When the result of the authentication is successful, IP multicast
   datagrams sent by the IP multicast sender travel towards egress
   routers through IP multicast routers. When the result of the
   authentication is not successful, the ingress router silently discards
   IP multicast datagrams sent by the IP multicast sender. This mechanism
   prevents an unauthorized user from sending IP multicast datagrams to
   the Internet.

   When an IP multicast receiver starts to receive IP multicast
   datagrams, an egress router may optionally authenticate it, using the
   challenge-response mechanism. An egress router may optionally use
   RADIUS as the authentication server, when authenticating the IP
   multicast receiver. When the result of the authentication is
   successful, the egress router starts to transmit IP multicast datagrams
   to the IP multicast receiver. When the result of the authentication is
   not successful, the egress router does not transmit IP multicast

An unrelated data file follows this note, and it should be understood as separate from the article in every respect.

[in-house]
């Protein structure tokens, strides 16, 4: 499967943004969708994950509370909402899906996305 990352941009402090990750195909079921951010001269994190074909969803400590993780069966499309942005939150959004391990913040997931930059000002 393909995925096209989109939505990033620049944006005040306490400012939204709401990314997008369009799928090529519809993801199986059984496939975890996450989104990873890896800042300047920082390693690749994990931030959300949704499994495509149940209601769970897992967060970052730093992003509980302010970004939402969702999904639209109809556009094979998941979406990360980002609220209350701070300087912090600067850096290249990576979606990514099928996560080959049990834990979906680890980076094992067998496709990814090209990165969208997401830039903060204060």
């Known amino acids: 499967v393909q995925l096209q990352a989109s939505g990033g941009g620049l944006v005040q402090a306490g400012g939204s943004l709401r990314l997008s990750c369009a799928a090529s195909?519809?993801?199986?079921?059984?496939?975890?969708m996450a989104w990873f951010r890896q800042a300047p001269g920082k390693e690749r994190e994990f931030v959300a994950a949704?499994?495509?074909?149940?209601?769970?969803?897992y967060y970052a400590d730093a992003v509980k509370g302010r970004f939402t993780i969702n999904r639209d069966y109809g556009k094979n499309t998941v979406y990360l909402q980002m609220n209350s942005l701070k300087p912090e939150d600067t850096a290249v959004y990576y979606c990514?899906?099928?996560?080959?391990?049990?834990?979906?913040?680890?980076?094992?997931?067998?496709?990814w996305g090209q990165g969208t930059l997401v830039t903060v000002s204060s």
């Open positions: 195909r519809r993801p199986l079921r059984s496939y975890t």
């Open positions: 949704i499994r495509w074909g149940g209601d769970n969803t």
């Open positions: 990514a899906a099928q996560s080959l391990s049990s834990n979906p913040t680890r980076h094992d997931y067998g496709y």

datagrams to the IP multicast receiver. This mechanism prevents an
   unauthorized user from receiving IP multicast datagrams from the
   Internet.


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   There are two levels of multicast routers.

   (1) Level 1: Unsecure Multicast Router
       The multicast router complies with IGMPv2.

   (2) Level 2: Secure Multicast Router
       The multicast router complies with both IGMPv2 and this document.

   All multicast routers in a subnetwork must be either secure or
   unsecure. In other words, unsecure multicast routers and secure
   multicast routers must not coexist in the same subnetwork.

4. Protocol Description

   This section describes the mechanisms for the user authentication
   functions of IP multicast.

4.1 Procedures for Authentication of IP Multicast Senders

4.1.1 Operation of Sending hosts

   When an IP multicast sender wants to send IP multicast datagrams, a
   sending host sends a Sender Start message to a multicast router.
   When [Retry Interval] expires, a sending host resends a Sender Start
   message to a multicast router, until a Challenge message is received,
   or [Retry Count] expires.

   When a Challenge message is received, A sending host sends a Response